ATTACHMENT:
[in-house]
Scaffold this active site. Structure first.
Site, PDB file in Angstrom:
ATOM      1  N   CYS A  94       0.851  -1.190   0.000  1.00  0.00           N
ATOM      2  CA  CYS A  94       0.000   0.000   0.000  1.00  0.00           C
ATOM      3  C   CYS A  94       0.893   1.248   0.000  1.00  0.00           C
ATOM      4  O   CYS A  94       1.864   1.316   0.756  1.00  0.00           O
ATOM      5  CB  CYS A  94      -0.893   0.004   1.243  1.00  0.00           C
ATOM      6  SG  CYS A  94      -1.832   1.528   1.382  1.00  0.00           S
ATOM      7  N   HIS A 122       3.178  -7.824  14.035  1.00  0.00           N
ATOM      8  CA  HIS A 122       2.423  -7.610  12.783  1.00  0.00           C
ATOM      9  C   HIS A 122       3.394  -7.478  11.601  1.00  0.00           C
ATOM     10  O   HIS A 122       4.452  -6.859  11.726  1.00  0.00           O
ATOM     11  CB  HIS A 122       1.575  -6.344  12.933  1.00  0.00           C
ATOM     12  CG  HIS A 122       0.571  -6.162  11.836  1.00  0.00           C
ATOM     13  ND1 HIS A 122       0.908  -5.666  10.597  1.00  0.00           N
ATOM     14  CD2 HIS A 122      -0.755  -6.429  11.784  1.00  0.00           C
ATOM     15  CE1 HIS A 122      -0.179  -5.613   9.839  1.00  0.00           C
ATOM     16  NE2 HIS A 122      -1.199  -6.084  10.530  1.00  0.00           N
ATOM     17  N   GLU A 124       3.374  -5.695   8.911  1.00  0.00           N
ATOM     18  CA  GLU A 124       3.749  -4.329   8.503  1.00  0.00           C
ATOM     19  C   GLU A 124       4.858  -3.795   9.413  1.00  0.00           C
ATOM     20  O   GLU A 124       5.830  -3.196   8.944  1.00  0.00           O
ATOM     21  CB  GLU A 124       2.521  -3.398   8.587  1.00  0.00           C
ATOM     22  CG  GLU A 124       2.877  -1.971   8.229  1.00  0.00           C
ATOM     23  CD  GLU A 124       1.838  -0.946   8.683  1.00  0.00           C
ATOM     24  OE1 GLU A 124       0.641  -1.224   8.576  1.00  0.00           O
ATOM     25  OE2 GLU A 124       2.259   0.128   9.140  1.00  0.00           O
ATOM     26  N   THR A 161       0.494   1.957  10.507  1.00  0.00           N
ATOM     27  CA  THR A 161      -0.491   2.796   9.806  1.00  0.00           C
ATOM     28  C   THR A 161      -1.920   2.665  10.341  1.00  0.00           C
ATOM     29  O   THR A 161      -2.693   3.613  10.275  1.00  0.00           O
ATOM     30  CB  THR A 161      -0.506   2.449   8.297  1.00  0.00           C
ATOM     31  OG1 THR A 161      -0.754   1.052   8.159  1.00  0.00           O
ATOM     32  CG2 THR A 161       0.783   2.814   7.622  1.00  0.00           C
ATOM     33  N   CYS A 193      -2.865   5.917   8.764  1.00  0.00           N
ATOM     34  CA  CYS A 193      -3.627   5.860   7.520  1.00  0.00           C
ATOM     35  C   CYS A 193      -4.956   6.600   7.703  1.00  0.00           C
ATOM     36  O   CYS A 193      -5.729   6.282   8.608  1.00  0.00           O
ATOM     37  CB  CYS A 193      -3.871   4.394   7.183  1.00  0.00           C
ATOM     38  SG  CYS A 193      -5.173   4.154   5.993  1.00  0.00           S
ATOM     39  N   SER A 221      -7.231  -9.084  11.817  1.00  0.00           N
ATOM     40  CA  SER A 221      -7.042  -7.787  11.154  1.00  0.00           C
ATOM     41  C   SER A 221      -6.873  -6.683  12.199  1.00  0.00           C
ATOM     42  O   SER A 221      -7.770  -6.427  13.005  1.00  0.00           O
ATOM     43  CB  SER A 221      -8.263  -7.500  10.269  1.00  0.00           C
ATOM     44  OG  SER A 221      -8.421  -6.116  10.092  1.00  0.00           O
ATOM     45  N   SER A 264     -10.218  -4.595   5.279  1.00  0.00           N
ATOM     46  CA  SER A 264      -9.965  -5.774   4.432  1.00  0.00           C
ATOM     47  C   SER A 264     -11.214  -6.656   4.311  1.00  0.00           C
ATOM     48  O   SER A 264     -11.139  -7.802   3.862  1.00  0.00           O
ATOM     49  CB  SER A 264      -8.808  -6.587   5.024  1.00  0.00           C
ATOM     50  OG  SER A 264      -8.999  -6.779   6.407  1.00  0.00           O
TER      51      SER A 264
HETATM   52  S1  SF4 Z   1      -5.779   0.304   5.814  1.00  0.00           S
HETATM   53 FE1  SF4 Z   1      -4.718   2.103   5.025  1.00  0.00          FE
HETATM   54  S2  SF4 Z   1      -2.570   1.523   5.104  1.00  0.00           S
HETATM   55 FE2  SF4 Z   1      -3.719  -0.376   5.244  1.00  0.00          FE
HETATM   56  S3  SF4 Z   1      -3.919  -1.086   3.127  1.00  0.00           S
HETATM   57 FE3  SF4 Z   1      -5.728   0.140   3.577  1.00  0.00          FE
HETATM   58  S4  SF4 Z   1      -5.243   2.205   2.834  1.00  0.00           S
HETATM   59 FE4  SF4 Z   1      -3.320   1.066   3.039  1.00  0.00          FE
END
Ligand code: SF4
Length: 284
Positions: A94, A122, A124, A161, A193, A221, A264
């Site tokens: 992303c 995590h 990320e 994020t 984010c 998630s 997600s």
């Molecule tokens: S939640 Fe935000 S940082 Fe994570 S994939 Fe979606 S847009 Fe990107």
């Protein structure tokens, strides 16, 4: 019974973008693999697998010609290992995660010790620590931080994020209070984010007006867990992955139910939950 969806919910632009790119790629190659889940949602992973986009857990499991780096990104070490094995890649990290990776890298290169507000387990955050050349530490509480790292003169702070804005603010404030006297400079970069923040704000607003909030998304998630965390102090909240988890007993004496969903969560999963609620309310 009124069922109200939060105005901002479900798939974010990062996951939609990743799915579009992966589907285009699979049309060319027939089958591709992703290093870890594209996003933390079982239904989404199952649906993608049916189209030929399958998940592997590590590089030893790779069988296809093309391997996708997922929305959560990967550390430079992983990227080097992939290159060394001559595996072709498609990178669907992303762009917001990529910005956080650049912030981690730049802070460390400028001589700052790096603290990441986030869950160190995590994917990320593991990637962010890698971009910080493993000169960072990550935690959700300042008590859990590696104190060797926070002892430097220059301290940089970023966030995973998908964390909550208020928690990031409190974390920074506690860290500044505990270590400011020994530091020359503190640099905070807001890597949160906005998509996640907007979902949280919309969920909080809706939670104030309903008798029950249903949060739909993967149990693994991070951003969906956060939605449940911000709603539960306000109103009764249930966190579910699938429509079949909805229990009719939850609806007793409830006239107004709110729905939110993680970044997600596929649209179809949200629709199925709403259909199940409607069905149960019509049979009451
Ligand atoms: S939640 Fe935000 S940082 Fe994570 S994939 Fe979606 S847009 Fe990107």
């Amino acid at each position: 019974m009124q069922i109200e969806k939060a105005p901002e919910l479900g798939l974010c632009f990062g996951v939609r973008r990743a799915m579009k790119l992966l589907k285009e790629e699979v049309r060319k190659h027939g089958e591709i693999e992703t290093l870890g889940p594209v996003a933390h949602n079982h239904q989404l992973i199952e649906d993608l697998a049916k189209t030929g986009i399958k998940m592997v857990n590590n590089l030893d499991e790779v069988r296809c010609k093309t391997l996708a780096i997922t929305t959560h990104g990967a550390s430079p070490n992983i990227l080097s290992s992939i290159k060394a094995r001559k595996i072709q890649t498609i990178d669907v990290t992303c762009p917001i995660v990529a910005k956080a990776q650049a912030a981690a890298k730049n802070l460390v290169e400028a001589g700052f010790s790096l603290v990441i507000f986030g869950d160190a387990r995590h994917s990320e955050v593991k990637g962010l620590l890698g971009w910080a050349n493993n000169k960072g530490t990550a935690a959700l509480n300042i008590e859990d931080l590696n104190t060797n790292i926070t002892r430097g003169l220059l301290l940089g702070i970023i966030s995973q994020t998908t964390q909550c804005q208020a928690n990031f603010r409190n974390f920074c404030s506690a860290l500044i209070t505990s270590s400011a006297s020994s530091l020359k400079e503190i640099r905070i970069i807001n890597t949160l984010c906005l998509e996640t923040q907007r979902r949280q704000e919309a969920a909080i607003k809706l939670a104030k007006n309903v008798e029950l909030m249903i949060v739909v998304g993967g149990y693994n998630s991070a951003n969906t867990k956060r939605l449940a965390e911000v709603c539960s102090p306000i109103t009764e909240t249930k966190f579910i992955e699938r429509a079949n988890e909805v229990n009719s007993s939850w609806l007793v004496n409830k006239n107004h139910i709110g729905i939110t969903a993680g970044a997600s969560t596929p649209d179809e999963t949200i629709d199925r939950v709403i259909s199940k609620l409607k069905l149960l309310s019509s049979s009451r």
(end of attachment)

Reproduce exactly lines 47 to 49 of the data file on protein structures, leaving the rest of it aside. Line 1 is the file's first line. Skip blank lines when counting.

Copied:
ATOM     44  OG  SER A 221      -8.421  -6.116  10.092  1.00  0.00           O
ATOM     45  N   SER A 264     -10.218  -4.595   5.279  1.00  0.00           N
ATOM     46  CA  SER A 264      -9.965  -5.774   4.432  1.00  0.00           C